Platform(s): PC
Genre: RPG/Strategy
Developer: Moonana


As an Amazon Associate, we earn commission from qualifying purchases.

PC Preview - 'Keylocker'

by Cody Medellin on Sept. 5, 2022 @ 1:00 a.m. PDT

Inspired by the Mario & Luigi RPG series and Chrono Trigger, Keylocker is a cyberpunk, turn-based rhythm JRPG in which you play as the singer and songwriter, Bobo.

Cyberpunk is a popular setting, especially for those looking to satisfy their techno urges in case Cyberpunk 2077 didn't do the trick. RPGs also feel like a good fit for the genre, as proven by the aforementioned game and Shadowrun. What does a developer do to get noticed in a crowded field? Keylocker explores that conundrum.

In the world of Saturn, you play the role of Bobo. Gifted with the ability to sing, her talent is more of a curse, since music has been prohibited. She's freed from her prison by those sympathetic to her cause, and she makes it a point to fight back against her oppressors to make music legal again.

After a fairly lengthy intro, you choose one of four classes, each with different offensive and defensive maneuvers. Samurai have a basic guitar attack but can also rely on counters to stay fighting. Hackers have a basic slash but can use an electronic fist to punch foes two tiles away. Juggernauts have the power of a counterattack along with a rhythm-based attack, while Sequencers use rhythm to power up their electricity so that all of their counters are extremely effective. Each of the play styles is wildly different, so switching between them feels like you need to relearn the game.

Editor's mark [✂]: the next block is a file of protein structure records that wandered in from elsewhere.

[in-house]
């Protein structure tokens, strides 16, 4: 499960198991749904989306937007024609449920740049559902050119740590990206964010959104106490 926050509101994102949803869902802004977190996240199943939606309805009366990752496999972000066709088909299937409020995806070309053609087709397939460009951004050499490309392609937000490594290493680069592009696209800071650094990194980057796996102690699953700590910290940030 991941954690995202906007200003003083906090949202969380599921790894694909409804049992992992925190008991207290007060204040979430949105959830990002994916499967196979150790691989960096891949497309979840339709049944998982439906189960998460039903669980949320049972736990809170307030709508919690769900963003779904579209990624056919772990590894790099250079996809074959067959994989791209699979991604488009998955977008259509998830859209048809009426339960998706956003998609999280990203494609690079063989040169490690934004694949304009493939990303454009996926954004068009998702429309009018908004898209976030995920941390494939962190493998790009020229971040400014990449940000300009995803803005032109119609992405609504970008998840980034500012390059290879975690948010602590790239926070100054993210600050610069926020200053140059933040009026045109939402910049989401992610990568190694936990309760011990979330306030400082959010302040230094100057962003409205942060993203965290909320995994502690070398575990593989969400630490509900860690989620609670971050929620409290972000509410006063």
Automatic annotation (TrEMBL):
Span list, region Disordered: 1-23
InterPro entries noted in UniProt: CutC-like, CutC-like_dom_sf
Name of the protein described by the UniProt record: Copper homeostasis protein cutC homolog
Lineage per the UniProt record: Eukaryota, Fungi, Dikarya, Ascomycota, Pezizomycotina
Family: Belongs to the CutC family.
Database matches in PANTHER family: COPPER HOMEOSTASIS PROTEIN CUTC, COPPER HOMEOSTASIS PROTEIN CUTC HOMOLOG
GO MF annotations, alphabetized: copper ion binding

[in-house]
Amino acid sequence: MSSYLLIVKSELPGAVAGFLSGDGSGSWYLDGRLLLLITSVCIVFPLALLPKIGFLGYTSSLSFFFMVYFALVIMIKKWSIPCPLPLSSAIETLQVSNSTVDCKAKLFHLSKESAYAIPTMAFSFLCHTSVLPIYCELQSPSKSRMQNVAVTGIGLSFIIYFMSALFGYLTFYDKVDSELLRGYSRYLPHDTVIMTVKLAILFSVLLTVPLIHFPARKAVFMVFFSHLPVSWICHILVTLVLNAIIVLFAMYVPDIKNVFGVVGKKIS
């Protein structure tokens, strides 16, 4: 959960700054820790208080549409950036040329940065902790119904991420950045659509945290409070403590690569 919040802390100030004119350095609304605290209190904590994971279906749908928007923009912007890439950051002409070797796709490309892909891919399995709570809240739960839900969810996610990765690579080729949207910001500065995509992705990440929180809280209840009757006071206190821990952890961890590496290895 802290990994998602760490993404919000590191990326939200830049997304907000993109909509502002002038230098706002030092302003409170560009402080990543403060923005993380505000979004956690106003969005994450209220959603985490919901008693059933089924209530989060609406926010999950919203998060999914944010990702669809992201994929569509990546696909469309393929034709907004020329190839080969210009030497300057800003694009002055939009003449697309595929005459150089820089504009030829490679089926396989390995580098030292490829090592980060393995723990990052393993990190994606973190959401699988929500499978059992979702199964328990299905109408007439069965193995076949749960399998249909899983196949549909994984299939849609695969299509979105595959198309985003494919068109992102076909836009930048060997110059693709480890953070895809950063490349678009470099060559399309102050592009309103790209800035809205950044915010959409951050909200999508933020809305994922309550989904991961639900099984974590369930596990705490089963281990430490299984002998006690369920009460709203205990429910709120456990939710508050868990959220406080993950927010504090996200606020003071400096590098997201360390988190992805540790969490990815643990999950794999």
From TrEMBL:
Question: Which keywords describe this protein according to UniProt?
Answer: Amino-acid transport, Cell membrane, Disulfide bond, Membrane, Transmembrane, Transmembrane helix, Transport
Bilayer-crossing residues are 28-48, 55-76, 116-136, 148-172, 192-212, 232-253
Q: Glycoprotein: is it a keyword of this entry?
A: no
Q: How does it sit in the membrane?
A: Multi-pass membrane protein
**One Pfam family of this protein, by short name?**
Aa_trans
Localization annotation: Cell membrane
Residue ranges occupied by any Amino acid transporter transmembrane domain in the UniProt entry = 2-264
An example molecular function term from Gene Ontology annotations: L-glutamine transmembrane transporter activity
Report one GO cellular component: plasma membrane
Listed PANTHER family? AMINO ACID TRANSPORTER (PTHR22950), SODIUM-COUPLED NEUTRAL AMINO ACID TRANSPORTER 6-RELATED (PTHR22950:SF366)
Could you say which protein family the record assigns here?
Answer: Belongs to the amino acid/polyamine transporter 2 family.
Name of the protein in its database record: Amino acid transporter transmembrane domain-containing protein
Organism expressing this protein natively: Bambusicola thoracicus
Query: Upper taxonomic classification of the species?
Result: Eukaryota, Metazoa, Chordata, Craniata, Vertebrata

Aside from their different abilities, each class follows a different story path. The overall storyline is the same, but the major rooms have completely different layouts. The same goes for characters, as no one you meet ever crosses into another class' storyline. While the overall tale may end the same way, the journey feels distinct.

One strength about the gameplay is that there are no random encounters. All enemies are visible on-screen at all times, and you know exactly when you'll get into a fight. Random encounters may be gone, but enemy movements are fast enough, so fights are all but inevitable. It's possible to get away unscathed with no fighting involved.

The combat system follows the basics from any turn-based RPG, but the menu's hex system isn't immediately intuitive. Aside from the different attacks and defensive moves that aim for either electricity or life, almost everything here is timing-based. Whether you're parrying an attack, countering, or attacking, you need to actively hit the button at the right window to get a perfect hit. If you don't, you settle for inflicting less damage or taking more damage yourself. The game has some leeway in terms of how far you can miss, as you aren't required to make one-hit kills, but at least the timing can be practiced to make it second nature to hit perfect marks.

If you're playing on the Steam Deck, the game runs beautifully there. There aren't many graphical options to change, if at all, but the game still manages to run smoothly with no hiccups during the many rhythm sections. The battery life averages 4-5 hours. Except for the resolution, it looks identical to a fully maxed-out desktop running the game.

Keylocker has potential. The different classes and story pathways ensure some replayability for completionists, while also providing a distinct experience to those who only play through games once. The combat system takes some real getting used to because it introduces precision for attacks and defensive maneuvers but, it also adds something that few RPGs ever work with. Hopefully we can see more of the game before its eventual nebulous release date.

More articles about Keylocker
blog comments powered by Disqus